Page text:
skip to content
Preview this item
ClosePreview this item
Checking...

"Tools and the man" : Samuel Smiles, lives of the engineers, and the machine in Victorian literature

Author: Courtney Salvey; Stephen Prickett; Baylor University. Department of English.
Publisher: Waco, Tex. : Baylor University, 2009.
Dissertation: Thesis (M.A.)--Baylor University, 2009.
Edition/Format:   Thesis/dissertation : Document : Thesis/dissertation : eBook   Computer File : English
Database:WorldCat
Summary:
While Victorian responses to the machine varied greatly, a distinct literary strain emerged with Carlyle and ran through Ruskin and Dickens which understood the machine as a threat to human agency. In their fear, they focused on machinery itself as sublime or horrible. Samuel Smiles' series of engineering biographies, entitled Lives of the Engineers, argues against this position by highlighting the engineer, the  Read more...
Rating:

(not yet rated) 0 with reviews - Be the first.

Subjects
More like this

 

Find a copy online

Links to this item

Find a copy in the library

&AllPage.SpinnerRetrieving; Finding libraries that hold this item...

Details

Named Person: Samuel Smiles; Samuel Smiles
Material Type: Document, Thesis/dissertation, Internet resource
Document Type: Internet Resource, Computer File
All Authors / Contributors: Courtney Salvey; Stephen Prickett; Baylor University. Department of English.
OCLC Number: 694791350
Description: v, 87 pages 197892 bytes 565182 bytes
Details: Mode of access: World Wide Web.; System requirements: PDF files require Adobe Acrobat Reader.
Responsibility: by Courtney Salvey.

Abstract:

While Victorian responses to the machine varied greatly, a distinct literary strain emerged with Carlyle and ran through Ruskin and Dickens which understood the machine as a threat to human agency. In their fear, they focused on machinery itself as sublime or horrible. Samuel Smiles' series of engineering biographies, entitled Lives of the Engineers, argues against this position by highlighting the engineer, the human element, who creates and controls the machine. Interacting with concepts from Carlyle, Smiles' biographies show engineers as Captains of Industry, dynamic men who shape themselves and lead others. By combining a narrative of these self-made men with a narrative of technological history, Smiles shows that machines are products of human agency rather than threats to it. This presentation facilitates the inclusion of engineers in subsequent works by Elizabeth Gaskell, Charles Kingsley, George Eliot, and Rudyard Kipling.

Reviews

User-contributed reviews
Retrieving GoodReads reviews...
Retrieving DOGObooks reviews...

Tags

Be the first.
Confirm this request

You may have already requested this item. Please select Ok if you would like to proceed with this request anyway.

Linked Data


<http://www.worldcat.org/oclc/694791350>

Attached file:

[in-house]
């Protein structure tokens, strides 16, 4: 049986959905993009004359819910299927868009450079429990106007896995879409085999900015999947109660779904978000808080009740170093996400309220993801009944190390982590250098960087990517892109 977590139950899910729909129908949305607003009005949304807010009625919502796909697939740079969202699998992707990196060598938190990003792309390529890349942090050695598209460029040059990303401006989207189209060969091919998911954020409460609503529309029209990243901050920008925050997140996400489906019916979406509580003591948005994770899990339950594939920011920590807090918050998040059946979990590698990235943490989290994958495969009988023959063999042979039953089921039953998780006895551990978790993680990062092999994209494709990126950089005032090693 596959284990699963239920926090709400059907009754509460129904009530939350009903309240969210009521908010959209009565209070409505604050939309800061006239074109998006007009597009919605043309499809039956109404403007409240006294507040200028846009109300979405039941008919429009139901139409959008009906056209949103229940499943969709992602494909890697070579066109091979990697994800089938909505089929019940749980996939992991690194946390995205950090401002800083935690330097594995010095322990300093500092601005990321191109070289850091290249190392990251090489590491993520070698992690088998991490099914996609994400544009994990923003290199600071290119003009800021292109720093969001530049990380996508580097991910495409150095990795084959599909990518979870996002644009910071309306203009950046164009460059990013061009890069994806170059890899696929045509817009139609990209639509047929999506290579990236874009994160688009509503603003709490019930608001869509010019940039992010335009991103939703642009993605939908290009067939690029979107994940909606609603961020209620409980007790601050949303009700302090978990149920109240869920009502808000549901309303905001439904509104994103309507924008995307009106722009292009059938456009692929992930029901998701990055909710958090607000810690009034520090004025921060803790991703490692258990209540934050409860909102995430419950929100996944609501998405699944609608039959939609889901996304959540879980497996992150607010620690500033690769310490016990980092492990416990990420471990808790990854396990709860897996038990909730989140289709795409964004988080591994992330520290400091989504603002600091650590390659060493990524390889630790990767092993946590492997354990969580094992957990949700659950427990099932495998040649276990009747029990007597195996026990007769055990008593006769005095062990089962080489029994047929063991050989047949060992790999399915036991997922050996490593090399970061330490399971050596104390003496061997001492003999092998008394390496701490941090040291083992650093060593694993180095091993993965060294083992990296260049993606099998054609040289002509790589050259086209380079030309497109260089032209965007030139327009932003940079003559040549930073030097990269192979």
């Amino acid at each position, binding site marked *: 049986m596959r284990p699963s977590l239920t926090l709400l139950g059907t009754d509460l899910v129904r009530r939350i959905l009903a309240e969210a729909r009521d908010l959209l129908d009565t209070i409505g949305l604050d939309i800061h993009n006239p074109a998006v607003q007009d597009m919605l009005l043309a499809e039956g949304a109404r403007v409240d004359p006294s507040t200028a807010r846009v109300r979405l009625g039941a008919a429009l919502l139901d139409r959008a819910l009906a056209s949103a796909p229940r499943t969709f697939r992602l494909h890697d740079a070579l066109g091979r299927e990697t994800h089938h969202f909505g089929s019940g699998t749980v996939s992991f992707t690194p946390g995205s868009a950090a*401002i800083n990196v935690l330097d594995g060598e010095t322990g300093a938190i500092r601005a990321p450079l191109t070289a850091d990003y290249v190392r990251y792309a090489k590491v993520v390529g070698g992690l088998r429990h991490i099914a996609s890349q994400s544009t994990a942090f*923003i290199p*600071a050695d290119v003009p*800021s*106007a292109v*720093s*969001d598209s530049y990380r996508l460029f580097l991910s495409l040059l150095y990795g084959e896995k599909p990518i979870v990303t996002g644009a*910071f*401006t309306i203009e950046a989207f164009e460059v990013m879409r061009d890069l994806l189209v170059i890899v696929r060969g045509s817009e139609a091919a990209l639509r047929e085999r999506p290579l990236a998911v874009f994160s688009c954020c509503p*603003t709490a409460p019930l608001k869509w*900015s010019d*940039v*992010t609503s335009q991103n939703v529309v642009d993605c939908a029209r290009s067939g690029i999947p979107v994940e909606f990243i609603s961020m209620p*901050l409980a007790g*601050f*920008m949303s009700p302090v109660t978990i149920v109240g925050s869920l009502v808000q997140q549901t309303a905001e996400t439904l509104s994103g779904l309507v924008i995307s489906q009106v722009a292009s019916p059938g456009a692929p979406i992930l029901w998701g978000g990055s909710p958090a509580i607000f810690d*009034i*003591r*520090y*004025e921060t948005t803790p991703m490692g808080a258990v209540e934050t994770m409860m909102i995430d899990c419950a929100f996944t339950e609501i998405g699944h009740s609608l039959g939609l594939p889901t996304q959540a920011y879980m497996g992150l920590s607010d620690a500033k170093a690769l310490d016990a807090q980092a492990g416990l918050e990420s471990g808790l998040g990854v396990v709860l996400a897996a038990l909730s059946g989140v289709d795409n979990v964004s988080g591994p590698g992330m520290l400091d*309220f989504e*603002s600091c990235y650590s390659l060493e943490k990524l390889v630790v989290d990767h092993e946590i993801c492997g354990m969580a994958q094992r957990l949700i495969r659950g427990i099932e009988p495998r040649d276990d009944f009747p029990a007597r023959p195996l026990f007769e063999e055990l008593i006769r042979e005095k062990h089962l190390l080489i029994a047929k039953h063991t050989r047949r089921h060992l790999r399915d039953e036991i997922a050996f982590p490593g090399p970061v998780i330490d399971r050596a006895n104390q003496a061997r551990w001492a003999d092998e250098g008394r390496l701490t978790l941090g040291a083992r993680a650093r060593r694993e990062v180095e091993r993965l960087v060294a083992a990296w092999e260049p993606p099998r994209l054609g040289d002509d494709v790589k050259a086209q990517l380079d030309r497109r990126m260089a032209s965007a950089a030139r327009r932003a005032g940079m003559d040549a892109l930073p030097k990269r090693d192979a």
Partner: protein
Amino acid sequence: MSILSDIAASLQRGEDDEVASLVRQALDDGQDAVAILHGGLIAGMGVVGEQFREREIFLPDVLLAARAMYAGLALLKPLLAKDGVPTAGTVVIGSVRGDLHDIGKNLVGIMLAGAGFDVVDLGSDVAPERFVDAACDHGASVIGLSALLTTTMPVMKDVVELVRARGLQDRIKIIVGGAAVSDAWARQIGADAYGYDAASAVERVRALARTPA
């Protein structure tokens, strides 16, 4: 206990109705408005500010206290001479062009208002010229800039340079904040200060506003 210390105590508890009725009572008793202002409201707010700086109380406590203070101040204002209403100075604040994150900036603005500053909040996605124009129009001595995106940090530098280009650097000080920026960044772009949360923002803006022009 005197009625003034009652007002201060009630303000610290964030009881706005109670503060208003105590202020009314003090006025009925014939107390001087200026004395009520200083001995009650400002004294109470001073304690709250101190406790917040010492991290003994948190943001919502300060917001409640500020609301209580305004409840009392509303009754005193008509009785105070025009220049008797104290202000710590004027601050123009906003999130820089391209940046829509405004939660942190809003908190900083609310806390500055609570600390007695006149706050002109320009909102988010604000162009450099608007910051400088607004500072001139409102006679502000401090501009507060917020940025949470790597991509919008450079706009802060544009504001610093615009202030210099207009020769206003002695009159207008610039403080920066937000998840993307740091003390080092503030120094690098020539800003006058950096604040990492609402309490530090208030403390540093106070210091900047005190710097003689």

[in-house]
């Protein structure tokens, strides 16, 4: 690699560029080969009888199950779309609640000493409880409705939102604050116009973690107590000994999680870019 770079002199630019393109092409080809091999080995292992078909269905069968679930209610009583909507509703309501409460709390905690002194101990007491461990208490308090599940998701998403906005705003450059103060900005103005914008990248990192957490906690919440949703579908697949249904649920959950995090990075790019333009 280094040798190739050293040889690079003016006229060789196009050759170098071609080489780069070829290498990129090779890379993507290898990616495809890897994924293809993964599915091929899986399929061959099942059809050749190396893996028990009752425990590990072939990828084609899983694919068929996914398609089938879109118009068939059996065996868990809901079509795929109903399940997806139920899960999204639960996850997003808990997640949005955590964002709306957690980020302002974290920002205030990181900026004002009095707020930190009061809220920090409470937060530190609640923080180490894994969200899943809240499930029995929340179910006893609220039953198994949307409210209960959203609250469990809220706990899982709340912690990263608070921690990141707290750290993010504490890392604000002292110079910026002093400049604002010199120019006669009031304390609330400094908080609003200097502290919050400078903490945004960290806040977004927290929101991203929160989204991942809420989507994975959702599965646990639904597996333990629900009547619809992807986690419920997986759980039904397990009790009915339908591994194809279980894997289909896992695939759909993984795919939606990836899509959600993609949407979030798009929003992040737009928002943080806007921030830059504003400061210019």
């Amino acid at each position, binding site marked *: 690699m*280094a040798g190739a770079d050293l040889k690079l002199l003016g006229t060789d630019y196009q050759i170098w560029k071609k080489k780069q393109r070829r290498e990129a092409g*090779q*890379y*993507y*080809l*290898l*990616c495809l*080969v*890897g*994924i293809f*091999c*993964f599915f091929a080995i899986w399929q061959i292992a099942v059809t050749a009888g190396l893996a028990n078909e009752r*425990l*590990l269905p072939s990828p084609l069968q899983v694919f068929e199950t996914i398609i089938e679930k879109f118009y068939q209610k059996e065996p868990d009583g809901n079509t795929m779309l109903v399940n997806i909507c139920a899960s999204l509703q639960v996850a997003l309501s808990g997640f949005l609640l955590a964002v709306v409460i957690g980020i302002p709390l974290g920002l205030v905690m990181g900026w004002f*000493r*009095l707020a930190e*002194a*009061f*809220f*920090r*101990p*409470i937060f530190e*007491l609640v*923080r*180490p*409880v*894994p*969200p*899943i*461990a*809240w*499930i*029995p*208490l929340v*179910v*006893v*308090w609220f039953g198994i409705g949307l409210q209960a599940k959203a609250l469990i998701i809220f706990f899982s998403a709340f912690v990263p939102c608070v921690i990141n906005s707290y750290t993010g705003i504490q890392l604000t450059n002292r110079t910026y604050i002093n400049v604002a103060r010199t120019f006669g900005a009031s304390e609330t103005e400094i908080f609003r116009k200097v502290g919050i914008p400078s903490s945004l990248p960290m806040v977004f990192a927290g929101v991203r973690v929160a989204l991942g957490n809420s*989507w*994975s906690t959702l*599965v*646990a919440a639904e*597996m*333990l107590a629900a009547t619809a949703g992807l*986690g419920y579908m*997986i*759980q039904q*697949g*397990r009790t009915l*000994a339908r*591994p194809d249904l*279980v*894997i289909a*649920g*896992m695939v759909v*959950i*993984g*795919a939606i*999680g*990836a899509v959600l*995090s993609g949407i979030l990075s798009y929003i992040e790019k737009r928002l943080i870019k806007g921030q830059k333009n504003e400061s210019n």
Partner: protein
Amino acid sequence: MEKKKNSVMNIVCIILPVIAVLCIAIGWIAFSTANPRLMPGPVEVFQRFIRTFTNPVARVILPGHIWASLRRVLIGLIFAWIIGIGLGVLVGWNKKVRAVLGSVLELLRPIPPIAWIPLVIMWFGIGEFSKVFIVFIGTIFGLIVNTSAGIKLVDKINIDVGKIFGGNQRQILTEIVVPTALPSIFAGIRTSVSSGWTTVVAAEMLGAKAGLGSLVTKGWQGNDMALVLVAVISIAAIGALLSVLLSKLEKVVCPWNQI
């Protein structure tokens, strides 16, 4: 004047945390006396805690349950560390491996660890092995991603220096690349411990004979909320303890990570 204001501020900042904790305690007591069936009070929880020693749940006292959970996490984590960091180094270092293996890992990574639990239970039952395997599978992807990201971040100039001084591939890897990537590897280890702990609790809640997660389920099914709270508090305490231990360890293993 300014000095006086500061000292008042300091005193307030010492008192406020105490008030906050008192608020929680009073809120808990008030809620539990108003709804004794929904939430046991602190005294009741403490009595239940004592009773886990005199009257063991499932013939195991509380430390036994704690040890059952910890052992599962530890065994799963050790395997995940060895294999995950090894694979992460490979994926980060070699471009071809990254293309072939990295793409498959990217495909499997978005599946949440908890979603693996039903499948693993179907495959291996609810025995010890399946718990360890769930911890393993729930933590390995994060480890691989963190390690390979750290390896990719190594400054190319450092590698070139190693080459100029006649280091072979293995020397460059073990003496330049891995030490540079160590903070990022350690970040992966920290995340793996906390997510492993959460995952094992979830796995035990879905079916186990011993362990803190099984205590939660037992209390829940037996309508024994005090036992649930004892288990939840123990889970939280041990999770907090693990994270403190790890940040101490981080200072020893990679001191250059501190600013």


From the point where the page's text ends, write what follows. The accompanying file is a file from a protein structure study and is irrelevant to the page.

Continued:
library:oclcnum"694791350"
library:placeOfPublication
library:placeOfPublication
owl:sameAs<info:oclcnum/694791350>
rdf:typej.2:Thesis
rdf:typej.2:Web_document
rdf:typej.0:Thesis
rdfs:seeAlso
schema:about
schema:about
schema:about
schema:about
schema:about
schema:about
schema:about
schema:about
schema:about
rdf:typeschema:Person
schema:name"Smiles, Samuel, 1812-1904"
schema:about
schema:author
schema:contributor
rdf:typeschema:Organization
schema:name"Baylor University. Department of English."
schema:contributor
schema:datePublished"2009"
schema:description"While Victorian responses to the machine varied greatly, a distinct literary strain emerged with Carlyle and ran through Ruskin and Dickens which understood the machine as a threat to human agency. In their fear, they focused on machinery itself as sublime or horrible. Samuel Smiles' series of engineering biographies, entitled Lives of the Engineers, argues against this position by highlighting the engineer, the human element, who creates and controls the machine. Interacting with concepts from Carlyle, Smiles' biographies show engineers as Captains of Industry, dynamic men who shape themselves and lead others. By combining a narrative of these self-made men with a narrative of technological history, Smiles shows that machines are products of human agency rather than threats to it. This presentation facilitates the inclusion of engineers in subsequent works by Elizabeth Gaskell, Charles Kingsley, George Eliot, and Rudyard Kipling."
schema:exampleOfWork<http://worldcat.org/entity/work/id/767549325>
schema:genre"Criticism, interpretation, etc."
schema:inLanguage"en"
schema:name""Tools and the man" Samuel Smiles, lives of the engineers, and the machine in Victorian literature"
schema:publisher
schema:url<http://hdl.handle.net/2104/5421>

Content-negotiable representations

Close Window

Please sign in to WorldCat 

Don't have an account? You can easily create a free account.